• magnetic resonance imaging (MRI; use magnets and radio waves to obtain images) of the brachial plexus determining the location and type of injury (MRI can be performed when the infant reaches two to three months of age.)
  • computed tomography (CT) or computed axial tomography (CAT) scans performed at two to three months of age to reveal injury (CT scans use a thin, rotating x-ray beam to obtain an image as the x rays pass through body parts.)
  • myelograms (x rays or CT scans taken after a dye is injected into the spinal fluid) revealing the fluid space surrounding the spinal cord in the neck (Although they may help to determine the location and type of nerve injury, myelograms generally have been replaced by MRI scans of the brachial plexus due to false positives and the invasiveness of procedure.)


Nerve regeneration in newborns occurs at 1.8 mm. per day. Therefore, stretch or praxis injuries to the brachial plexus usually heal on their own within about three months, leading to complete recovery. However, many children with brachial plexopathy require treatment. Specialists who may become involved in a child's treatment include:

  • physical therapists
  • occupational therapists
  • neurologists
  • pediatric neurosurgeons
  • orthopedic surgeons
  • plastic surgeons

Physical therapy

Gentle massage and range-of-motion (ROM) exercises usually are initiated immediately, even in infants with very mild brachial plexopathy. Therapy regimes are individualized for each child, depending on the specific injury and its effects.

Treatment for brachial plexopathy may include a combination of exercises and focused physical, occupational, and aquatic therapies. Typically the therapist teaches the child's family to perform the following:

  • position the infant properly
  • never lift the child under the armpits
  • perform passive range-of-motion (PROM) exercises on the infant
  • assist with weight-bearing activities, even in a newborn
  • help the infant avoid atypical movement patterns
  • help thwart the infant's tendency to neglect the affected region
  • detect muscle contractions even when no movement is evident
  • help avoid tightening of the infant's muscles
  • make adaptive equipment for the infant

At home parents may be instructed to do the following:

  • perform ten repetitions of all prescribed PROMs two to three times daily
  • begin gentle movements with the child's forearm rotated and the palm upward or forward (supination) to increase joint flexibility and muscle tone
  • perform joint compression and weight-bearing exercises throughout the affected extremity
  • practice aquatic exercises as prescribed
  • practice tactile stimulation on the affected extremities, using textured materials, soft balls, vibration, and massage to increase sensory awareness
  • actively involve the affected extremity in developmentally appropriate activities to increase strength and coordination, working first without the effects of gravity and later working against gravity
  • place pillows or stuffed animals under the child's armpit or along side the affected arm during rest or sleep to obtain a sustained stretch

Play therapy

Play therapies are used to extend ROM from six months of age on in children with brachial plexopathy. General body activities include:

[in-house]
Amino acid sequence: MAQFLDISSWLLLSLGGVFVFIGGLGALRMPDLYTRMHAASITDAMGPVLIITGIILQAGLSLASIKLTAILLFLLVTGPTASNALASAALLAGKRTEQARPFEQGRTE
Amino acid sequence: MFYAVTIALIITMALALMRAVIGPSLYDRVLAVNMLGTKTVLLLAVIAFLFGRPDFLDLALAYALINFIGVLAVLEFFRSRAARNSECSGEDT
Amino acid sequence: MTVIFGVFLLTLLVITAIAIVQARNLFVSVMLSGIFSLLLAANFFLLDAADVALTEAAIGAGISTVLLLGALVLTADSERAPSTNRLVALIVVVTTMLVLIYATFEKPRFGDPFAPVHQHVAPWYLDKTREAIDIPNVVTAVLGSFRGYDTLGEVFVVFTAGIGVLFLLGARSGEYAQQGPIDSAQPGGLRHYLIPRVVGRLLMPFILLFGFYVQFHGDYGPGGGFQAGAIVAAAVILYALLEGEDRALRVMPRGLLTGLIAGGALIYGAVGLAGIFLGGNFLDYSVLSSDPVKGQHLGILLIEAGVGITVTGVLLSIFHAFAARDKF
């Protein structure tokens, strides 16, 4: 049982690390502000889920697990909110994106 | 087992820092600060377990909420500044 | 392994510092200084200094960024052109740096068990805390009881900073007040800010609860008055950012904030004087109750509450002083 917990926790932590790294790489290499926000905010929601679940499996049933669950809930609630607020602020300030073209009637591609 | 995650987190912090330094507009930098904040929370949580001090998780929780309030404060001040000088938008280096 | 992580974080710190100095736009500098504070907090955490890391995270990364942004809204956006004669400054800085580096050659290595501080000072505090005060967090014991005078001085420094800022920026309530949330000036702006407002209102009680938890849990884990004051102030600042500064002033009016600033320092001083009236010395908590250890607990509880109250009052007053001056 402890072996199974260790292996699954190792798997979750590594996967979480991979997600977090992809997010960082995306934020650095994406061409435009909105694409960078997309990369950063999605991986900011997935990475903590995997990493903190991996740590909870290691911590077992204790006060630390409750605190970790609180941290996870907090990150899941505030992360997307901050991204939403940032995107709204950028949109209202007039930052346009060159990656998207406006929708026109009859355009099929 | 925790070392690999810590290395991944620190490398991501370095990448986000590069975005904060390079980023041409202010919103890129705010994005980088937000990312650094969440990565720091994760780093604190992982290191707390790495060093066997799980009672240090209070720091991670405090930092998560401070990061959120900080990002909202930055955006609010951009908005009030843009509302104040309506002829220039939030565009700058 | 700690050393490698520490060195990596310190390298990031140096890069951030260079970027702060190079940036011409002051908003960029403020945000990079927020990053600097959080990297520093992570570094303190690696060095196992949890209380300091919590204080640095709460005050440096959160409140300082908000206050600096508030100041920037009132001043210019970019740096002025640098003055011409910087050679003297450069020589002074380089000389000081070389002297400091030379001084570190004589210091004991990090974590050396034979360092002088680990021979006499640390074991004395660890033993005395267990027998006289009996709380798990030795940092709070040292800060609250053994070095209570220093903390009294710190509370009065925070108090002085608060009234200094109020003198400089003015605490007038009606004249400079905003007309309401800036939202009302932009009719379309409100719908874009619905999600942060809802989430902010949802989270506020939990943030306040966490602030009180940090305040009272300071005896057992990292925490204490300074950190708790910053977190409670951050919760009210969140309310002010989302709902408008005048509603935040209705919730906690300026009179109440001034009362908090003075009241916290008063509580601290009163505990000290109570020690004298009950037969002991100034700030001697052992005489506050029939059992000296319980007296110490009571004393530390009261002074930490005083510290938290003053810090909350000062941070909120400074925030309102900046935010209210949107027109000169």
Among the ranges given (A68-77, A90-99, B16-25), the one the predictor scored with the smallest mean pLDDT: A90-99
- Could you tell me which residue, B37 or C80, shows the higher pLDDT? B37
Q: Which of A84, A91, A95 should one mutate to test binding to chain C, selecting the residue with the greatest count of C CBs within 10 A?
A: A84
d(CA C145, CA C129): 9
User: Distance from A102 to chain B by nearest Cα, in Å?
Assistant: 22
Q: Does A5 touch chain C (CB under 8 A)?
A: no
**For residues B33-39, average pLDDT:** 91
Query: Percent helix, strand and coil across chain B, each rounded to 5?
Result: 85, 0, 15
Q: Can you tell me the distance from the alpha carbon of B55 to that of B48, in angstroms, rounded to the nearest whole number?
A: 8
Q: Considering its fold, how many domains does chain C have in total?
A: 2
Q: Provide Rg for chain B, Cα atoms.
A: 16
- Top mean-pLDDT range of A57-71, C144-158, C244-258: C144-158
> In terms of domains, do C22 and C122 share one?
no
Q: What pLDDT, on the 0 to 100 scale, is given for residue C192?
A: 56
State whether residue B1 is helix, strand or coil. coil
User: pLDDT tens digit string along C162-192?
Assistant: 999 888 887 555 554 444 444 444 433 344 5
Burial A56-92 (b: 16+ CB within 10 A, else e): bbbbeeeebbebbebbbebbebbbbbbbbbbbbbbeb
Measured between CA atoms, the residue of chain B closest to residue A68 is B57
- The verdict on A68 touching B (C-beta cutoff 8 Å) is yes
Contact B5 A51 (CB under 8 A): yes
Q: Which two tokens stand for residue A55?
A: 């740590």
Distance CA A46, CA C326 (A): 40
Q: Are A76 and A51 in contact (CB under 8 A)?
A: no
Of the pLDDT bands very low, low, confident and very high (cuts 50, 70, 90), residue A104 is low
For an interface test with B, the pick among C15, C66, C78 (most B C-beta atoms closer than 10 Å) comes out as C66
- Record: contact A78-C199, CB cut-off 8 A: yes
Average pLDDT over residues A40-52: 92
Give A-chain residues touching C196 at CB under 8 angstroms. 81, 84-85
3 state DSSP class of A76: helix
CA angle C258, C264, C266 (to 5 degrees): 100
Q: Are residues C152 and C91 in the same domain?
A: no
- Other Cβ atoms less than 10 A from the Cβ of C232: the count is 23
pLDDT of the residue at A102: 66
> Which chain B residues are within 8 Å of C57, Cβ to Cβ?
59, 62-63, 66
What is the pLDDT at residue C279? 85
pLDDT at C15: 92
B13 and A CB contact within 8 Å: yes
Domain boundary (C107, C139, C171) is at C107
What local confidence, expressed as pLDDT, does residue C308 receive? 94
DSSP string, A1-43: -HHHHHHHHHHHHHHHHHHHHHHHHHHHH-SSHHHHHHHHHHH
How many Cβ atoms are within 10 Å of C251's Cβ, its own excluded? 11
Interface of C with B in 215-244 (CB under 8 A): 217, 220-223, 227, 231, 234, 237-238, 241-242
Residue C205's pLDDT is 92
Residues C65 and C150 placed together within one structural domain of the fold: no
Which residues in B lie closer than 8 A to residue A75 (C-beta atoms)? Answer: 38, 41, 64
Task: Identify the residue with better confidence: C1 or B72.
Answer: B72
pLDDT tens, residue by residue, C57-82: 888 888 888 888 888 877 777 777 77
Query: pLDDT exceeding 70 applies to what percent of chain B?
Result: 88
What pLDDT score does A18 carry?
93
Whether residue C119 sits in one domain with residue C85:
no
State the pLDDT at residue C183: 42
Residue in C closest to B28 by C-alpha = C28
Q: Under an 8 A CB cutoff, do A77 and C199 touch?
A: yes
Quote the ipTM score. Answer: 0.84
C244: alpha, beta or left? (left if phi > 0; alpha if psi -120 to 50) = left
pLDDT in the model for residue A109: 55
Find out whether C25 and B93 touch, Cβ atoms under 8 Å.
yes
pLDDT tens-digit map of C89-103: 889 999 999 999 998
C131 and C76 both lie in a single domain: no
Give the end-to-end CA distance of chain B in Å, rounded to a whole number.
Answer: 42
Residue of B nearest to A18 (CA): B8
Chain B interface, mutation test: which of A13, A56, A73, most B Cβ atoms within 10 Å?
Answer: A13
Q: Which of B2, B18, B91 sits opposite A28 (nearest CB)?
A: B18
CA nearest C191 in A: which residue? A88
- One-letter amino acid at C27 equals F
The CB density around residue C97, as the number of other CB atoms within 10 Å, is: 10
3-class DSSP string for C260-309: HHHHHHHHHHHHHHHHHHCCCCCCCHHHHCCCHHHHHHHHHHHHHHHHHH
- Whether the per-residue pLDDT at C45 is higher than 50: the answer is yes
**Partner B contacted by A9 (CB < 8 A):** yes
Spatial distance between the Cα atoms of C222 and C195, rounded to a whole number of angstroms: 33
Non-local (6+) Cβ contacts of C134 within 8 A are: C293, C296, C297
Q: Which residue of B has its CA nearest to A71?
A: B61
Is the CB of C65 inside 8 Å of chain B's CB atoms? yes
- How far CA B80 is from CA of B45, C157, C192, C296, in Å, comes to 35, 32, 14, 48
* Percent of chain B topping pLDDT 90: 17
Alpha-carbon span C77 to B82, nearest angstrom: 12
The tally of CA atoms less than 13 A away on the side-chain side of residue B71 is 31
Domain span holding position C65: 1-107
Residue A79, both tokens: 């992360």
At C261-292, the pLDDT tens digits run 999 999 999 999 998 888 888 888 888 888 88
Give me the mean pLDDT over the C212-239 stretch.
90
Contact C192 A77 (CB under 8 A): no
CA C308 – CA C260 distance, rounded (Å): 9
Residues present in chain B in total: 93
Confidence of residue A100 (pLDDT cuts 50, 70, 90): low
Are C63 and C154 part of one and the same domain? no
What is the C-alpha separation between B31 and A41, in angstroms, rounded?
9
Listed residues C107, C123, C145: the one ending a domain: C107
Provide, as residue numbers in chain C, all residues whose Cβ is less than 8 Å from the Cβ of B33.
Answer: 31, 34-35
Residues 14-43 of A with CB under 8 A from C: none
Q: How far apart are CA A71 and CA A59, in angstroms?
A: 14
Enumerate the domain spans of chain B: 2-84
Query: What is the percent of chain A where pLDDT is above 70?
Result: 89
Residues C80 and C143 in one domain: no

• any activity that forces the child to reach
  • any activity that puts pressure on the affected arm or hand
  • playing while lying on the stomach
  • stacking empty boxes
  • playing circle games
  • playing "Simon says"
  • "making angels" while lying on the floor
  • throwing a beach ball overhead
  • riding a tricycle or bicycle
  • playing and walking in water
  • climbing on play equipment
  • climbing and sliding down a slide

Activities to increase hand coordination include:

  • folding paper napkins
  • copying and drawing basic shapes
  • using scissors, paste, or toy tools
  • painting
  • writing on a chalkboard
  • sewing cards
  • playing with toys in the sink or tub
  • playing with wooden puzzles, dominoes, Legos, or blocks
  • stringing beads
  • rolling dough
  • playing in sand
  • throwing a soft ball
  • picking up and sorting small objects


About ten percent of brachial plexus injuries in infants require surgery. Children with total plexus palsy who have not improved by three months of age and children with Erb's palsy who cannot strongly bend their elbow or raise their shoulder by six months of age are candidates for exploratory surgery to examine the nerve damage and perform possible nerve grafting. Surgeries are most successful if performed when the child is five to seven months of age. Surgeries are less likely to be successful if performed after 12 months of age.

Rupture injuries usually require surgery. Avulsion injuries require surgery to reattach the nerve root to the spinal cord. Surgeries that may be performed by a pediatric neurosurgeon include:

  • neuroplastysurgery to repair the nerve, including stretching the nerve to relieve tension or reconnecting torn nerves
  • neurolysis to destroy damaged nerve tissue or to loosen or remove scar tissue (neuroma) around the nerve
  • nerve grafting by transplanting nerves from another part of the body, such as the ankle, to bridge a torn nerve or to reconnect the nerve root after an avulsion injury

Other types of surgery include:

  • muscle surgery on a child aged 18 to 24 months if physical therapy has not restored shoulder rotation
  • muscle or tendon transfer surgeries to restore function (For example, a child without elbow function might have a leg muscle transferred to the elbow and attached to the nerves.)
  • muscle transfer surgeries in which the muscles are rearranged in an attempt to prevent permanent abnormalities
  • plastic surgeries